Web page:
Visitors at Forty-Five can sample an extensive lineup of whites, reds, ciders and fruit wines, amid a comfortable, rustic ambiance. The tasting room is wood through and through, with a quirky horse figure at one end of the bar and a leather saddle at the other. Colorful, intricately lettered chalkboards inform visitors of the specials. Guests are typically greeted by Channing Sutton, the tasting room manager, who has become widely known among the wine-loving set for her bubbly, welcoming demeanor. The winery also boasts 3 miles of adjacent trails for hiking and mountain biking, offering breathtaking views of the neighboring farms.
As at Forty-Five North, Riesling also is the grape of choice at Black Star Farms, a few miles south down the Leelanau Peninsula.
"Riesling is classic for ice wine, and it has an aromatic and flavor intensity that lends itself really, really well to the concentrated flavors you get in ice wine," says winemaker Lee Lutes, who has produced numerous vintages of Riesling ice wine, labeled under the proprietary name "A Cappella," since 2000. "With Riesling, the wine gets more complex, not just deeper in flavor and richness."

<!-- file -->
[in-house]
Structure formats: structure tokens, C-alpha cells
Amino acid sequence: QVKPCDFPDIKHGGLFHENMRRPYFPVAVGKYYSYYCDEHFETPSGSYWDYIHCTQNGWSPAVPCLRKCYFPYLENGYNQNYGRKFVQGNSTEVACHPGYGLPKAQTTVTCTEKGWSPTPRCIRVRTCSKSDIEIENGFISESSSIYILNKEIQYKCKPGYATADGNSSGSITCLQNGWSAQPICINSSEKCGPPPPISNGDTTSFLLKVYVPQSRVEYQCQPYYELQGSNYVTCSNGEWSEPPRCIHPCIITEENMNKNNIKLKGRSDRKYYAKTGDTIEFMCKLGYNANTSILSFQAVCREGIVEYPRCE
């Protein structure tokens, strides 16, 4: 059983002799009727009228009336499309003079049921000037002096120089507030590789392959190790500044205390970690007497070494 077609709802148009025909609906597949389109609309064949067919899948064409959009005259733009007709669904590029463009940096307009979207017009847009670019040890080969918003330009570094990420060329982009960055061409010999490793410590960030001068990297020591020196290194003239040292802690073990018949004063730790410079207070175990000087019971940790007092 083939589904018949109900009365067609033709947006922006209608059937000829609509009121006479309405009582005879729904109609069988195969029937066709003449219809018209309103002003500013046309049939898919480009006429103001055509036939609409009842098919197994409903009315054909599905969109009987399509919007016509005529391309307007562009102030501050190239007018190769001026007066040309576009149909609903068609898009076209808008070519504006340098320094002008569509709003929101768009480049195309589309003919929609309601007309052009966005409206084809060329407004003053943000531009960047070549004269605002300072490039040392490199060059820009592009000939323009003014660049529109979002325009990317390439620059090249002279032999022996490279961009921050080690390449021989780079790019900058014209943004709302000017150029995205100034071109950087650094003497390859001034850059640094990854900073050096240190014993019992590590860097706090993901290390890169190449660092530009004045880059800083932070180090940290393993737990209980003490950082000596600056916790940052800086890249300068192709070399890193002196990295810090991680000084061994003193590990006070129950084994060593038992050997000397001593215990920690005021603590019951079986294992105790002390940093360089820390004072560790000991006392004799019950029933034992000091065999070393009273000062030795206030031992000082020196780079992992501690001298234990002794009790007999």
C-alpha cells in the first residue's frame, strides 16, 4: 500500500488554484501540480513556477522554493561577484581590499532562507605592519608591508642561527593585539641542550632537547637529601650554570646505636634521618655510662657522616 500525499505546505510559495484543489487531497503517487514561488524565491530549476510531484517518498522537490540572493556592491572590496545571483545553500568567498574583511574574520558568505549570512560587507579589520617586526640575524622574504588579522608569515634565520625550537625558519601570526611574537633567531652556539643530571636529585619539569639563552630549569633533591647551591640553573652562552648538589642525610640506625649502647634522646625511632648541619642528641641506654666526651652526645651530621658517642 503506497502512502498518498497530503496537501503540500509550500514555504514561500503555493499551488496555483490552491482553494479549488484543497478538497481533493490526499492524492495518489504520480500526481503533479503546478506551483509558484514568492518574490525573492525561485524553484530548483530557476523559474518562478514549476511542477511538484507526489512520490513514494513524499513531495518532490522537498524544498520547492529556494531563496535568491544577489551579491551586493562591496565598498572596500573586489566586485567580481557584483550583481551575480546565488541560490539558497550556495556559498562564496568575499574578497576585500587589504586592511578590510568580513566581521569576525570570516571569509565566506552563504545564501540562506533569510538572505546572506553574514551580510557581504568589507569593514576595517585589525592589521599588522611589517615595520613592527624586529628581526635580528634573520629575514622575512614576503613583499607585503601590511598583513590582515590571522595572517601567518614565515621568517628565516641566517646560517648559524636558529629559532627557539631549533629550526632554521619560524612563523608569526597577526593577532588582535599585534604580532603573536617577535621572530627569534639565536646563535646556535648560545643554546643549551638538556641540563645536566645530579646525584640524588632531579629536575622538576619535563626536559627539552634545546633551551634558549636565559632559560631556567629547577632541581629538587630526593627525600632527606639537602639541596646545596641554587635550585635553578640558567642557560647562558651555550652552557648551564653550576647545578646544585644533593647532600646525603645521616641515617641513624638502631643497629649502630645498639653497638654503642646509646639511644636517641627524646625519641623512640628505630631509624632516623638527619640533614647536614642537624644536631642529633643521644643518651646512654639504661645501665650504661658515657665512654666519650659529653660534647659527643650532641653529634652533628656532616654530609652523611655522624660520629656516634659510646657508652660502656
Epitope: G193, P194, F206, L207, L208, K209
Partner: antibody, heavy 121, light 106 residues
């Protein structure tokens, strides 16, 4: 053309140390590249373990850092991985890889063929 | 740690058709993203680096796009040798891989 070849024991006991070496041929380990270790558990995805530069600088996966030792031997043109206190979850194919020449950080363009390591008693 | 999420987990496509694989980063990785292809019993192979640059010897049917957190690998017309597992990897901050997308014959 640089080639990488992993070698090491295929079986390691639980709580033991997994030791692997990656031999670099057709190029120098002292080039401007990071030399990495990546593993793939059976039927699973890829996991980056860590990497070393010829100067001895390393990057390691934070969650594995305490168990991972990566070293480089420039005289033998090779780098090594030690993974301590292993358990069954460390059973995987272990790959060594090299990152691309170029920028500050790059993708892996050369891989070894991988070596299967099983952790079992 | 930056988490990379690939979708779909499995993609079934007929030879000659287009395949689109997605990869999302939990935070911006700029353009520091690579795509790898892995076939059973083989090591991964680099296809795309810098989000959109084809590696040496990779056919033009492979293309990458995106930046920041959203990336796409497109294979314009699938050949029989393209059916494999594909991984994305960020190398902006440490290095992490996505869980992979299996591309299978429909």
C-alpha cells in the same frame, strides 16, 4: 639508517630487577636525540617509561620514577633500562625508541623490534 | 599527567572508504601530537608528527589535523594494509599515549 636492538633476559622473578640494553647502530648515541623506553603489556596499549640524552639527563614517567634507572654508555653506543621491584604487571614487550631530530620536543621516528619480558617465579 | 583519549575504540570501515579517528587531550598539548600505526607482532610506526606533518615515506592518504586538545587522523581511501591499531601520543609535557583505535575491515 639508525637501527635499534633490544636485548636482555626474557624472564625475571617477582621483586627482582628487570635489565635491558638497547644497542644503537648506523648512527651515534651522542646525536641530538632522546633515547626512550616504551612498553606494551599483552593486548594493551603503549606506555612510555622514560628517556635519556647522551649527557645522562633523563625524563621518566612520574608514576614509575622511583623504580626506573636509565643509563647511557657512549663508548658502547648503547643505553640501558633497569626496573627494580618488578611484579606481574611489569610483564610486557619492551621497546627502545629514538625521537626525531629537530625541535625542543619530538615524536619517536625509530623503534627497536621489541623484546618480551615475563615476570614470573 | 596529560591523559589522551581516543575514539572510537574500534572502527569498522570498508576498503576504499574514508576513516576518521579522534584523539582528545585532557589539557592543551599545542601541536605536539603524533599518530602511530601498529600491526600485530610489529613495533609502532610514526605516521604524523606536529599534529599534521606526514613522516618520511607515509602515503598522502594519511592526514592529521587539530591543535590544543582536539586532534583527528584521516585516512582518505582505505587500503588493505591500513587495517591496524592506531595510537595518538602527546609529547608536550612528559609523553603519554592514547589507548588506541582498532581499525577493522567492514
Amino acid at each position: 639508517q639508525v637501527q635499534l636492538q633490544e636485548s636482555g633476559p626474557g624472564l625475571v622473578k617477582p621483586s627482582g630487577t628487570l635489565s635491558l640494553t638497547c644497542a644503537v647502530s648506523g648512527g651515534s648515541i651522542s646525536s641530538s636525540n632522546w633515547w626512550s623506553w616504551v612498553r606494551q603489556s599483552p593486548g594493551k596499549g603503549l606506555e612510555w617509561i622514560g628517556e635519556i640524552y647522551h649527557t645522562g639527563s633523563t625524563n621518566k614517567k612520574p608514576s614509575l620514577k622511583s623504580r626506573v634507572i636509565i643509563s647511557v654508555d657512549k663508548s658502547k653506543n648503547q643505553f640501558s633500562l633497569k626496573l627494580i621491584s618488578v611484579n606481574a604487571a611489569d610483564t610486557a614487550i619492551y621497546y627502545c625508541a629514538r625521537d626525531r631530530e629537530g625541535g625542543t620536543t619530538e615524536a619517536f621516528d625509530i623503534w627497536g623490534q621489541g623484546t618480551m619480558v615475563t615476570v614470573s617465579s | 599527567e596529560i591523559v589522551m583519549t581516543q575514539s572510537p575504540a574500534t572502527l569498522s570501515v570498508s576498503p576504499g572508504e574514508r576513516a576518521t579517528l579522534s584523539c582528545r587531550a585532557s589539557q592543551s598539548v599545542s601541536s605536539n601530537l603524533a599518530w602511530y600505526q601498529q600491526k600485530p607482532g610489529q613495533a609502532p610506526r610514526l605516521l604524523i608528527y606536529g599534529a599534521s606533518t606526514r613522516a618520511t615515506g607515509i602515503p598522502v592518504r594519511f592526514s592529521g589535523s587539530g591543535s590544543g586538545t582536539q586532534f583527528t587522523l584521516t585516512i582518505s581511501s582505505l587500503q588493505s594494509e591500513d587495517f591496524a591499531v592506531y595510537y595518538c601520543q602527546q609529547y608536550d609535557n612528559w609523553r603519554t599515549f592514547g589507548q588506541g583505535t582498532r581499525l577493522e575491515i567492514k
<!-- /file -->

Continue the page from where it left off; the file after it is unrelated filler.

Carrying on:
In terms of pairings, Lutes has two personal favorites.
“One is to dip a good almond biscotti into a glass of ice wine and drink it afterward,” he says. “Two is to enjoy it with a silky dessert, like panna cotta or creme brûlée."
Visitors at Black Star Farms' pastoral estate may never want to leave — and they don't have to, at least not immediately, thanks to the luxurious inn attached to the tasting room. Inn guests enjoy indulgent gourmet breakfasts and receptions replete with wine and hors d'oeuvres. Only a few paces away are the estate's farm-to-table Hearth & Vine Restaurant, equestrian facilities, an outdoor terrace, a petting farm and more. The main tasting room itself boasts soaring ceilings, colorful murals and a massive bar to accommodate thirsty guests.